Monthly Archives: October 2010
The first time I did NaNoWriMo, in 2008, I didn’t prepare. I had no idea how one might prepare. I had hardly written prose fiction in over two decades, but I had always wanted to write a novel. My brother had just started running marathons and I was looking for something similarly impressive to prove to myself that I could accomplish a big project. I stumbled on NaNoWriMo in mid-October through a now forgotten series of web searches. I signed up and dove in. On November 25th, I submitted my manuscript to verify my win and celebrated briefly before spending 9 months failing to turn the mess I had written into a story worth sharing with anybody else. There are some good nuggets in the mess, but the overall novel still needs a lot of work.
In September of the following year, I stopped writing and started reading about the craft of writing a novel. I created a couple of characters and the beginning of a plot outline before November. Life was particularly hectic that November and eventually, I chose to work on a play that took away most of the time I had scheduled for writing. Less than 10,000 words later, I abandoned that project. But, I had learned some important things about planning a novel.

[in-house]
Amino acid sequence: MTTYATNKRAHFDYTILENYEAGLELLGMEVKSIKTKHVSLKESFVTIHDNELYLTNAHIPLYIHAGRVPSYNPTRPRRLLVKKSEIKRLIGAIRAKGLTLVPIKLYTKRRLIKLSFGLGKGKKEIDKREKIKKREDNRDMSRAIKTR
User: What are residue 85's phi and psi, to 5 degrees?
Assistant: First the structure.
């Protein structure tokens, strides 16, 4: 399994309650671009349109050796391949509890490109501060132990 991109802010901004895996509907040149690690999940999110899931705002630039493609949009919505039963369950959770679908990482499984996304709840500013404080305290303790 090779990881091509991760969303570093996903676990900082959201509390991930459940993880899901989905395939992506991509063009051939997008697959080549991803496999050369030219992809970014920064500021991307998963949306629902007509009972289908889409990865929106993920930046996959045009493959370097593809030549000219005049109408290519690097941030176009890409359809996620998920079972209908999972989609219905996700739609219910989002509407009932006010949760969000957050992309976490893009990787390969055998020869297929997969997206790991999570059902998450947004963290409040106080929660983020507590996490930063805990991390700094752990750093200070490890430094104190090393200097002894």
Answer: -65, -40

Committed to writing a complete first draft of a novel, with or without NaNoWriMo, I have spent the past year studying craft and writing short stories. A few weeks ago, I started thinking seriously about NaNoWriMo. This year, my goal is a complete first draft of a Middle Grade novel. I tend to write my first drafts long, so meeting that goal will probably take me over 50,000 words. But my focus is the novel, not the word count. I have a chapter outline, character sketches for the main characters.
This will be my third year participating in NaNoWriMo. If you are not familiar with NaNoWriMo, here is the quick summary. To “win” NaNoWriMo, you must write at least 50,000 words of a new novel within the month of November. Preparation is acceptable. Starting to write the actual text is against the rules of the challenge.
I won my first time out and failed dismally the second time. This year, I am trying to get back on a winning streak. Public accountability has halepd me in the past, so I am planning several things to keep my status public, including blogging on this site. Hopefully, this will keep me motivated to push on.
My goal is not only to win, but also to complete a first draft. My project is a middle grade novel, so 50,000 words is long. However, I tend to overwrite. Therefore, I figure that a 50,000 word first draft should give me a good place to edit down to a marketable length.
How are you going to keep yourself motivated to keep your fingers moving through NaNoWriMo this year?